Major operations require dozens of sponges—pieces of gauze used to mop up blood—and surgical teams keep track of them by counting how many go in and come out. However, sponges are the surgical objects most often left in patients. Surgeons may soon have a new way to detect sponges accidentally left inside a patient.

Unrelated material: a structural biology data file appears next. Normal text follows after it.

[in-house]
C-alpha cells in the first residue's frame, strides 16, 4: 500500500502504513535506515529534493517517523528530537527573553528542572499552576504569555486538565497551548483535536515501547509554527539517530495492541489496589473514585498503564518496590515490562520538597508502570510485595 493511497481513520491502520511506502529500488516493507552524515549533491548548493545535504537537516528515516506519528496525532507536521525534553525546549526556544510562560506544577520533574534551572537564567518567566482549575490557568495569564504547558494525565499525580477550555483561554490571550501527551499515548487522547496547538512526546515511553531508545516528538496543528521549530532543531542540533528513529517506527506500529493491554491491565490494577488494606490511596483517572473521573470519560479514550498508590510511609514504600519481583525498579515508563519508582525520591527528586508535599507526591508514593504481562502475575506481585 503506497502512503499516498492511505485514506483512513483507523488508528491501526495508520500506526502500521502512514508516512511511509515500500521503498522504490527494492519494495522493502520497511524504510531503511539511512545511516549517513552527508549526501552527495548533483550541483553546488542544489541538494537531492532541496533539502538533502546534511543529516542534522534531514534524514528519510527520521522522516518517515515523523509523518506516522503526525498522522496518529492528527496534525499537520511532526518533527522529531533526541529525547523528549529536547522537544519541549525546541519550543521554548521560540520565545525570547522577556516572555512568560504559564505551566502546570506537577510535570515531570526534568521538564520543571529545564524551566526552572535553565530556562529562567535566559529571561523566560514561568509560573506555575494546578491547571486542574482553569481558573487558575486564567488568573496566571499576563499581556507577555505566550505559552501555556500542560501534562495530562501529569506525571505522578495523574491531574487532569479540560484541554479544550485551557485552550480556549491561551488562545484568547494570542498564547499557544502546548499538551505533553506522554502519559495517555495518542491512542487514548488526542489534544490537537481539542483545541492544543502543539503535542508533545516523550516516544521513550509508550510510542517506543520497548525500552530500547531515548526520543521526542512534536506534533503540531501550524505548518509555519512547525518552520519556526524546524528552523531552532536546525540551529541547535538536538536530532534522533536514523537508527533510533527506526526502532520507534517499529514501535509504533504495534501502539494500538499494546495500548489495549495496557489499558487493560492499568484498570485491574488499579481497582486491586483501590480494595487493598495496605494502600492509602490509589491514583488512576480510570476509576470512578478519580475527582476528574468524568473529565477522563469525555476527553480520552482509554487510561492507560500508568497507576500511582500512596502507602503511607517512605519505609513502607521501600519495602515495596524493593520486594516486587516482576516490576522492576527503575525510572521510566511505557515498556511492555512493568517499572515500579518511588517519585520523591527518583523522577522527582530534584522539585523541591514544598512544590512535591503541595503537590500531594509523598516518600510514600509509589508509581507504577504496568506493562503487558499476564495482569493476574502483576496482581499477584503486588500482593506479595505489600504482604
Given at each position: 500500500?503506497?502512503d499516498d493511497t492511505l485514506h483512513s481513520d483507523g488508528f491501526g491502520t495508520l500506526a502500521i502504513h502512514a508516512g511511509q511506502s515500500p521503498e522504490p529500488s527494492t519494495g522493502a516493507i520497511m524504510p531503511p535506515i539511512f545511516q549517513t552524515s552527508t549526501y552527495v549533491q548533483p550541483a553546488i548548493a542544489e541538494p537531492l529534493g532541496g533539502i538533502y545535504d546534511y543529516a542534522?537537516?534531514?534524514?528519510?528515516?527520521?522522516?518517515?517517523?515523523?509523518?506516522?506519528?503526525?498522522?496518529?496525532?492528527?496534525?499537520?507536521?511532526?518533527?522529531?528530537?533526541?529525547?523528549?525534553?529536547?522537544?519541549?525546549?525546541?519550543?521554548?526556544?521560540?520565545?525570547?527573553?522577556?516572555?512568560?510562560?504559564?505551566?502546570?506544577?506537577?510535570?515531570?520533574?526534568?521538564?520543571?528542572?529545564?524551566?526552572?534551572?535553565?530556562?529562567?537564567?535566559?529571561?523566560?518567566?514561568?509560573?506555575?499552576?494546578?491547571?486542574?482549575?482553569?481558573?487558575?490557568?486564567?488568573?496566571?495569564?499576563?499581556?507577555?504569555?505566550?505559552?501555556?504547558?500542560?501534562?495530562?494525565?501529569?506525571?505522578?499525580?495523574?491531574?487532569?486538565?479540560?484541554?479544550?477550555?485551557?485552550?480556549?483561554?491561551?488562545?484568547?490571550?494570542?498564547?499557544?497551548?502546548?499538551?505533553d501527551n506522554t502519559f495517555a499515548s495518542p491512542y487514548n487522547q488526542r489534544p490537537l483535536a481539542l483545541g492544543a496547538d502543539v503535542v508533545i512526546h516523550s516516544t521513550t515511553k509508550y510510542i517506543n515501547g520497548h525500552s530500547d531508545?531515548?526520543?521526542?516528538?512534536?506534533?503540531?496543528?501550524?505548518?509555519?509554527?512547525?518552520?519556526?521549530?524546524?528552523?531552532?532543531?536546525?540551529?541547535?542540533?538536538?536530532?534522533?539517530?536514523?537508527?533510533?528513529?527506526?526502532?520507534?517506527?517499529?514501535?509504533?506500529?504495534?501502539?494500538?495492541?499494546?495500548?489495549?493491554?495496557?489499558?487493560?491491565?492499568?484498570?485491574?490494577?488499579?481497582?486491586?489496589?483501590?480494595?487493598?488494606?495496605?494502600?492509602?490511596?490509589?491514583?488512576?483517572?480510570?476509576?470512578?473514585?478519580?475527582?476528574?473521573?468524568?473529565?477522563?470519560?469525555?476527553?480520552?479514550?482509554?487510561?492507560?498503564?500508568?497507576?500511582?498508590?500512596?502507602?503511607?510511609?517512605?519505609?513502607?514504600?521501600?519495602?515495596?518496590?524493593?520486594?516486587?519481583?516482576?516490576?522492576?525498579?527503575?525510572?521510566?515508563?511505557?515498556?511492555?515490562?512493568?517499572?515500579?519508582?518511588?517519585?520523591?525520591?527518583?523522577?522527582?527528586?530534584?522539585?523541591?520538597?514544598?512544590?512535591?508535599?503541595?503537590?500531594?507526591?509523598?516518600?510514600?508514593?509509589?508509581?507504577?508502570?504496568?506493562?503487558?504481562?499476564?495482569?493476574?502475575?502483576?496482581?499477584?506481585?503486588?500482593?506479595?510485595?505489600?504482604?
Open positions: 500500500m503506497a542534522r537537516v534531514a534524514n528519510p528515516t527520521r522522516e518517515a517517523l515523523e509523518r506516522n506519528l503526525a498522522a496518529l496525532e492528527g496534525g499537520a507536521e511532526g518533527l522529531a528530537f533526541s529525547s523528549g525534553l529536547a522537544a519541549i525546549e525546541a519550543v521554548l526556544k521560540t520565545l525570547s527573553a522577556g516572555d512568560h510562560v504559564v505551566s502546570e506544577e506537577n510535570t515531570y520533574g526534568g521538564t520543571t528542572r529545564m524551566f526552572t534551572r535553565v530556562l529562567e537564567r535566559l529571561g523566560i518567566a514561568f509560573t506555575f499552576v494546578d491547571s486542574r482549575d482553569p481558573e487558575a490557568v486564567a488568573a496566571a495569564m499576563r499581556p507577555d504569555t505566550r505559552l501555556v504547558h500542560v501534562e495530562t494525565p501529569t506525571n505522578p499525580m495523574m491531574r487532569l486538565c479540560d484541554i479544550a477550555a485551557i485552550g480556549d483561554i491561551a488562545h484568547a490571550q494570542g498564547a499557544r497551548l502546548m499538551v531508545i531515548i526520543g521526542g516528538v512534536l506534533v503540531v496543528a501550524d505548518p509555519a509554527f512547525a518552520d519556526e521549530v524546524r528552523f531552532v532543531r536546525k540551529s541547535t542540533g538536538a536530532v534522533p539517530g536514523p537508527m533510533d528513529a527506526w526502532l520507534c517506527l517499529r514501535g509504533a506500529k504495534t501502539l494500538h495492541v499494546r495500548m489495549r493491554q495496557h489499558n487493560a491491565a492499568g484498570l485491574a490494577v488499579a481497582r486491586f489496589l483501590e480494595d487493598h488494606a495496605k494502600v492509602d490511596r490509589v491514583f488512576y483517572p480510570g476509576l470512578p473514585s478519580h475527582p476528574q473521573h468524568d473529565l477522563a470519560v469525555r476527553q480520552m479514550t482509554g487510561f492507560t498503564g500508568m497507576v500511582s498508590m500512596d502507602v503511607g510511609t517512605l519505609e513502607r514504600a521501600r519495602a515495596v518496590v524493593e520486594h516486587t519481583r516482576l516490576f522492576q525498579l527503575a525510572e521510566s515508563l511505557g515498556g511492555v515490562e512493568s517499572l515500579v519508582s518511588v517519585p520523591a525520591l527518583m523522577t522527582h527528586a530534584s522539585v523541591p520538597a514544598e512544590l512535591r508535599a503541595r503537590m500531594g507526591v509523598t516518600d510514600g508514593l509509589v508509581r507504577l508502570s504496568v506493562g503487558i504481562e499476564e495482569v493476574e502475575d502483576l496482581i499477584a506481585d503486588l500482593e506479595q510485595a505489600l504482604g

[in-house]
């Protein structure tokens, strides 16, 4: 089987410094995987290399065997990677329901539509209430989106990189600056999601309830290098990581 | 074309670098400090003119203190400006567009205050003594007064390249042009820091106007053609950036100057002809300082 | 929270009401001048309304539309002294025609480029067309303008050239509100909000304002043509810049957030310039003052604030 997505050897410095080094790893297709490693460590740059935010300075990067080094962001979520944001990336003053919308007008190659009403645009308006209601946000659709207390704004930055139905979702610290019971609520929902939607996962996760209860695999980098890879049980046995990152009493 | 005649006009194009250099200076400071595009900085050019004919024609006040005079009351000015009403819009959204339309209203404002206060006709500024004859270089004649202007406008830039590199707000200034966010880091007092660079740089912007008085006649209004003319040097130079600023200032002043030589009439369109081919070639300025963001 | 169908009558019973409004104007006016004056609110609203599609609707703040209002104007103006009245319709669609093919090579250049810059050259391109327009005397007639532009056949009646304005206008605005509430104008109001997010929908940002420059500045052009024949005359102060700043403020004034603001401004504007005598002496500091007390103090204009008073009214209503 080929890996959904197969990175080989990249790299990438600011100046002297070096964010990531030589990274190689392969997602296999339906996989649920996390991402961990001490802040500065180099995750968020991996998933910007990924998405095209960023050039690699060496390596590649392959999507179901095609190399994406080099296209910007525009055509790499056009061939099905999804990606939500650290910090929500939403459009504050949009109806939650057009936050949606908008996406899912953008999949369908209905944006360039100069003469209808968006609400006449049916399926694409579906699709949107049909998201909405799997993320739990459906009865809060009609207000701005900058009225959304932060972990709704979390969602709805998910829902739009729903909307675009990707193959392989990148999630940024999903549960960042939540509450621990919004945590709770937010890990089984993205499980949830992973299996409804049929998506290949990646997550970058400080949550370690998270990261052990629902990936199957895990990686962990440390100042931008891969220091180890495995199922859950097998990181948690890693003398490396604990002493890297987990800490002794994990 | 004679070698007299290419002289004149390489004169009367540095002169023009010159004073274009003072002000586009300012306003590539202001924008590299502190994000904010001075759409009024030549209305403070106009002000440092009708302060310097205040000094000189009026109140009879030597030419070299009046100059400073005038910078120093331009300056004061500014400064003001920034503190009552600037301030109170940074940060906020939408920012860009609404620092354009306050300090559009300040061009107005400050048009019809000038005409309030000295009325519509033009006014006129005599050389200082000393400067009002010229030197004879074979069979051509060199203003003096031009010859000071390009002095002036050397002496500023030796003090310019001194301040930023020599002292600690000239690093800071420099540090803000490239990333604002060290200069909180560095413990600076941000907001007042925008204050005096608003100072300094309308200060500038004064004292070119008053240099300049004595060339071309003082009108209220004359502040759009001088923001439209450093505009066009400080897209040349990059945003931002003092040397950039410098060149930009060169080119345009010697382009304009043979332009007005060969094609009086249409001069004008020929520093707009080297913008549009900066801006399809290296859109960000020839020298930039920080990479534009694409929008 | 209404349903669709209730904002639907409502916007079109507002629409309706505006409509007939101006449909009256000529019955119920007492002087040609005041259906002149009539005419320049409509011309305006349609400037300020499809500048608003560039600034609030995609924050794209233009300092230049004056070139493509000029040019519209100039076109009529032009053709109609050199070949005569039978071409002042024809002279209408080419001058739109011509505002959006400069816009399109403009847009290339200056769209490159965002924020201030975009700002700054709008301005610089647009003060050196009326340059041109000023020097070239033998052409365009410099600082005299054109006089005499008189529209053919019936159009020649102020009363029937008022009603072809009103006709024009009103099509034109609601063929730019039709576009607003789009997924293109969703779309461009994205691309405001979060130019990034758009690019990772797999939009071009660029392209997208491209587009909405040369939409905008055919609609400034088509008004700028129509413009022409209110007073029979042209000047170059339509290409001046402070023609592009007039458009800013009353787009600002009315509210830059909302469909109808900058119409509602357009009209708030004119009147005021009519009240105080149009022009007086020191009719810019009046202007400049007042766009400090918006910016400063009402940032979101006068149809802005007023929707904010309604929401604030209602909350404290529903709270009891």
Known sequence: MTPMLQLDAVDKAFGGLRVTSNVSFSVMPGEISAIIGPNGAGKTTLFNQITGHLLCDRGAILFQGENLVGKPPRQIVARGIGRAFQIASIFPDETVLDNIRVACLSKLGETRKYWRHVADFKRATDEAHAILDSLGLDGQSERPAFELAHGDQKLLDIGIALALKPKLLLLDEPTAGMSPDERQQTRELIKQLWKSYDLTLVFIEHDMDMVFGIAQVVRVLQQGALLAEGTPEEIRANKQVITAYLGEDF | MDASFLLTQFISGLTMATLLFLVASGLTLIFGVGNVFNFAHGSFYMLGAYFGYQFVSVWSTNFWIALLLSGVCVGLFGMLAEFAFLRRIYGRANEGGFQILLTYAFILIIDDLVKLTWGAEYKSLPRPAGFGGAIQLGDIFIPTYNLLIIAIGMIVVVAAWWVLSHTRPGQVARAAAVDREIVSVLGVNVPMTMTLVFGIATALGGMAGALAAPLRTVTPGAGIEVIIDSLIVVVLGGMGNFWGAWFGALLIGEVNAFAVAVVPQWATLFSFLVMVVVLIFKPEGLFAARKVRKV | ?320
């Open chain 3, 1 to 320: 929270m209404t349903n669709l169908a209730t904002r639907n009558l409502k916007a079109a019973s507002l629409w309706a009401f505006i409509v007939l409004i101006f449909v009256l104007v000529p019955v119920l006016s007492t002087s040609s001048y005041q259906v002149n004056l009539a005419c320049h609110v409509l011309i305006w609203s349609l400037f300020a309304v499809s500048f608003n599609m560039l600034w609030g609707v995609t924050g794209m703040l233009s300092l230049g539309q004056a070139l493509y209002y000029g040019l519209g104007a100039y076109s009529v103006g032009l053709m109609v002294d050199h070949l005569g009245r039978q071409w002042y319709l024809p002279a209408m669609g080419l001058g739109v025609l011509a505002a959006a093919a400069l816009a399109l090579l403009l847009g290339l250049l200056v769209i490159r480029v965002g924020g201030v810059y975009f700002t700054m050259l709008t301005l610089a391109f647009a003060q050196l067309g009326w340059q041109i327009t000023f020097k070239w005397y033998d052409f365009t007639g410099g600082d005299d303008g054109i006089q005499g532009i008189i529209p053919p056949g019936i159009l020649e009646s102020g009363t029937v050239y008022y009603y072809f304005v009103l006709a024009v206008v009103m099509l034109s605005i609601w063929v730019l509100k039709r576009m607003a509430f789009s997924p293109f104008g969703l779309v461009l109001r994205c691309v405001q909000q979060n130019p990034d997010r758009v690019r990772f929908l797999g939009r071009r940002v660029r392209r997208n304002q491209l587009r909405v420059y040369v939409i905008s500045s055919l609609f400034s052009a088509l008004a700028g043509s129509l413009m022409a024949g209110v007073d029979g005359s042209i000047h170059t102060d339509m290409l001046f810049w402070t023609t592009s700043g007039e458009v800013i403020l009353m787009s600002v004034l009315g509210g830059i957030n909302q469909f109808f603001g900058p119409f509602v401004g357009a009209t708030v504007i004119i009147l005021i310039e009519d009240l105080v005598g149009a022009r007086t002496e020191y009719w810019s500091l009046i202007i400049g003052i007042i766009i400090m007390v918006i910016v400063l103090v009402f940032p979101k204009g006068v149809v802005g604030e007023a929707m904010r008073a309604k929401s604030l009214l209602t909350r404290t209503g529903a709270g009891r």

Gauze left inside a patient can cause inflammation, infection, and intestinal blockages. An earlier study showed that 57 patients in the United States died from foreign bodies left inside them in 2000.
In the July Archives of Surgery, researchers report that in tests during operations, doctors promptly located stray sponges labeled with radiofrequency identification chips.